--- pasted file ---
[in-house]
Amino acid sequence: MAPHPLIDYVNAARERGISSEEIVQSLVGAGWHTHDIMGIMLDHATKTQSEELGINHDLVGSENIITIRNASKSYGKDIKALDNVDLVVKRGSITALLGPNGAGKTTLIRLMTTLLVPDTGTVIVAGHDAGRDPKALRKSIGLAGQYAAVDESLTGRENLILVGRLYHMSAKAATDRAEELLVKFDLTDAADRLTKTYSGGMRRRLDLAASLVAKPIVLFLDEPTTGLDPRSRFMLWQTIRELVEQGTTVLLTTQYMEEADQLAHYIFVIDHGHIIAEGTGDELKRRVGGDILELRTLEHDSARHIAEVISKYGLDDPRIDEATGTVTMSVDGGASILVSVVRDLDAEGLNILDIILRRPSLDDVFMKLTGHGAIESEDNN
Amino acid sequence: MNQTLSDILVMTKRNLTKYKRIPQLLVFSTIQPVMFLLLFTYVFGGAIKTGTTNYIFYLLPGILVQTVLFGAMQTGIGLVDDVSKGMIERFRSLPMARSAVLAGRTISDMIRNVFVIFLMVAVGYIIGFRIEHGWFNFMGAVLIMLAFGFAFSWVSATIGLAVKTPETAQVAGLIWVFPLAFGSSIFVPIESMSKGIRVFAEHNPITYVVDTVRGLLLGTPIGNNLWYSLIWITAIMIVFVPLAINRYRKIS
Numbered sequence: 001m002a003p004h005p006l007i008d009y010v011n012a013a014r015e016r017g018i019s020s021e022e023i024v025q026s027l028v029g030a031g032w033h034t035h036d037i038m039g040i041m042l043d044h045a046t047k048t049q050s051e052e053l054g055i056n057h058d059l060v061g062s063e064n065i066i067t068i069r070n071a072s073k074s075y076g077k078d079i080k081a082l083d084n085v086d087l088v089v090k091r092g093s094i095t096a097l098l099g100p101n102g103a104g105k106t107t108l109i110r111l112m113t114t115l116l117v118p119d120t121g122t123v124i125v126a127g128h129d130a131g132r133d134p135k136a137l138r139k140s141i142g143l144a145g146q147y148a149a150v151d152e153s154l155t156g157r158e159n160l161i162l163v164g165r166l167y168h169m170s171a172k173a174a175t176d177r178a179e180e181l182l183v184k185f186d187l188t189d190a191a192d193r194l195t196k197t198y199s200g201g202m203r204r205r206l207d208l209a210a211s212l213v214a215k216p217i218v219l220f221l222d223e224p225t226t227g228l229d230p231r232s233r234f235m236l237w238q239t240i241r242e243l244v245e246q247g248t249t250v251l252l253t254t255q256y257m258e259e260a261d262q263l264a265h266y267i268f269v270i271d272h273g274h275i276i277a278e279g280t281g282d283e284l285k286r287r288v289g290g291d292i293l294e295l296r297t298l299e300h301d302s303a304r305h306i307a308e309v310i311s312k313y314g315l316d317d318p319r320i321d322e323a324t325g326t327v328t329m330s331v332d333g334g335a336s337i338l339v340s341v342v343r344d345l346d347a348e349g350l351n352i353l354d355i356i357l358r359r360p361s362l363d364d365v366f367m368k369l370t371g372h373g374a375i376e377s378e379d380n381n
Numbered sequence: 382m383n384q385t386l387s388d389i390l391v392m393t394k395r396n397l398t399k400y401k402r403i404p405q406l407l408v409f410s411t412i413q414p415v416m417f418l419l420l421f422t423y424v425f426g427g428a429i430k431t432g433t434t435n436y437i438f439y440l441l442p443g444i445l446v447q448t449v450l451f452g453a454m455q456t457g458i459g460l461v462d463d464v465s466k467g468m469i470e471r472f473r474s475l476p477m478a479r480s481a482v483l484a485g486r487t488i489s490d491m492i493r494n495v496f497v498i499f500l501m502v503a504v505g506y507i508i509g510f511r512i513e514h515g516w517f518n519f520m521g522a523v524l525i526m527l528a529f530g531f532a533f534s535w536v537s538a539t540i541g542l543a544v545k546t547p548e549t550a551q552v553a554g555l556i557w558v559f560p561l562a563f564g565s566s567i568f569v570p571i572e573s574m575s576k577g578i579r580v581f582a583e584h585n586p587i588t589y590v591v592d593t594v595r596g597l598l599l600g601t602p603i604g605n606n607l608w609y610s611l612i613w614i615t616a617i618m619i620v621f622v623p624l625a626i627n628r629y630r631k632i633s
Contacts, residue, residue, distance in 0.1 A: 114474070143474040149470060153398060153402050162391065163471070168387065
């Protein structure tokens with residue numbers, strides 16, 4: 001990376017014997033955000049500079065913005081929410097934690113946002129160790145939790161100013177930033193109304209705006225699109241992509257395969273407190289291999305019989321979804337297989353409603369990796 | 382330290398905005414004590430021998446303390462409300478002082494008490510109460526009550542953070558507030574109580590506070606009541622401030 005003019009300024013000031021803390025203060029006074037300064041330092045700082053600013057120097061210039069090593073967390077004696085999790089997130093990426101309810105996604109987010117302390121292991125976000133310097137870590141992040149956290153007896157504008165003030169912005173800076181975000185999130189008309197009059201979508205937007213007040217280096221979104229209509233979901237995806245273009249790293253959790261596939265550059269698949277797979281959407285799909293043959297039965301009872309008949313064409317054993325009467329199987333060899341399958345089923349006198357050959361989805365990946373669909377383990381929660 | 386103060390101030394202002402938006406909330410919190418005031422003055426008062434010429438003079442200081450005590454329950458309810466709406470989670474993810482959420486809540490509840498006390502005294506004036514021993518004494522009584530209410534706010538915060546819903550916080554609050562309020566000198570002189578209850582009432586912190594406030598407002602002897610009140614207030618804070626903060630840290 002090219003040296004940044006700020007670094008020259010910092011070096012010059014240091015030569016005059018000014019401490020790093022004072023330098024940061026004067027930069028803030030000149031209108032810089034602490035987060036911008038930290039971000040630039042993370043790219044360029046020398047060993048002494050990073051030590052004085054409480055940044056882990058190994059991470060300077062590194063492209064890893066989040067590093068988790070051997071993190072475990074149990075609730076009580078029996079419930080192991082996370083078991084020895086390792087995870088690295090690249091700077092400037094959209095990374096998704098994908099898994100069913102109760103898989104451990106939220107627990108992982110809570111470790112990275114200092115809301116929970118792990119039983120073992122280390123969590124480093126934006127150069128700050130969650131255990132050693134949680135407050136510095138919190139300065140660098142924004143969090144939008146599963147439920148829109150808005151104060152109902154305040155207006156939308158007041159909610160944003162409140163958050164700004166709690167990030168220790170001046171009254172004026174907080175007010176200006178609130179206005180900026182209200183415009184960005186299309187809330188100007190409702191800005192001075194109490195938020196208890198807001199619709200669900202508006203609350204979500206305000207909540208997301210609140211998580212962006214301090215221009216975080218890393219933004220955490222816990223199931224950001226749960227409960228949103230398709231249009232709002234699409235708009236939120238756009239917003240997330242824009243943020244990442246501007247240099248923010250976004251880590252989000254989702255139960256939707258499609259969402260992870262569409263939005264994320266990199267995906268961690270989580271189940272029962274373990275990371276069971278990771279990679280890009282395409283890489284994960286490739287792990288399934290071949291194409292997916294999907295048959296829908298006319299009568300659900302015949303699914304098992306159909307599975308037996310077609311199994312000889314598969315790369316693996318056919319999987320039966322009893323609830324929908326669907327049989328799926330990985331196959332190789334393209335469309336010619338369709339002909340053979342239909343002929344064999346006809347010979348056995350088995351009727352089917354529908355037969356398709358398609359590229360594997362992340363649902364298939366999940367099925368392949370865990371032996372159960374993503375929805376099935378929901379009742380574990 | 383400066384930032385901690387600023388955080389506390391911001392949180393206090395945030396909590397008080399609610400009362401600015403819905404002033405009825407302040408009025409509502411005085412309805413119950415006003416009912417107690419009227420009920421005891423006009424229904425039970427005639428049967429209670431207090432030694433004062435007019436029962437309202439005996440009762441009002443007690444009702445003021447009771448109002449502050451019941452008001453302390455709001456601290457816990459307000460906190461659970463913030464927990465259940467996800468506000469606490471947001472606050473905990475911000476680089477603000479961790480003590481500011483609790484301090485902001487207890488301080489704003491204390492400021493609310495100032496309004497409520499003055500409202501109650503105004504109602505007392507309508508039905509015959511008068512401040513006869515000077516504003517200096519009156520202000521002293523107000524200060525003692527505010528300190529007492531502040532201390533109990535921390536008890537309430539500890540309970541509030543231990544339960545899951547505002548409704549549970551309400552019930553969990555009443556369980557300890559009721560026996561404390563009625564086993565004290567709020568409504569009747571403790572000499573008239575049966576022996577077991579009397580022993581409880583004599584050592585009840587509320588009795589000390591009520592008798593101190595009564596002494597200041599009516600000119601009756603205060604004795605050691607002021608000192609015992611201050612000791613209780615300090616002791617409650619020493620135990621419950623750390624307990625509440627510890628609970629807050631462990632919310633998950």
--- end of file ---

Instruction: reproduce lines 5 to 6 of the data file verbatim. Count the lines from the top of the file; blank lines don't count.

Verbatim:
Numbered sequence: 382m383n384q385t386l387s388d389i390l391v392m393t394k395r396n397l398t399k400y401k402r403i404p405q406l407l408v409f410s411t412i413q414p415v416m417f418l419l420l421f422t423y424v425f426g427g428a429i430k431t432g433t434t435n436y437i438f439y440l441l442p443g444i445l446v447q448t449v450l451f452g453a454m455q456t457g458i459g460l461v462d463d464v465s466k467g468m469i470e471r472f473r474s475l476p477m478a479r480s481a482v483l484a485g486r487t488i489s490d491m492i493r494n495v496f497v498i499f500l501m502v503a504v505g506y507i508i509g510f511r512i513e514h515g516w517f518n519f520m521g522a523v524l525i526m527l528a529f530g531f532a533f534s535w536v537s538a539t540i541g542l543a544v545k546t547p548e549t550a551q552v553a554g555l556i557w558v559f560p561l562a563f564g565s566s567i568f569v570p571i572e573s574m575s576k577g578i579r580v581f582a583e584h585n586p587i588t589y590v591v592d593t594v595r596g597l598l599l600g601t602p603i604g605n606n607l608w609y610s611l612i613w614i615t616a617i618m619i620v621f622v623p624l625a626i627n628r629y630r631k632i633s
Contacts, residue, residue, distance in 0.1 A: 114474070143474040149470060153398060153402050162391065163471070168387065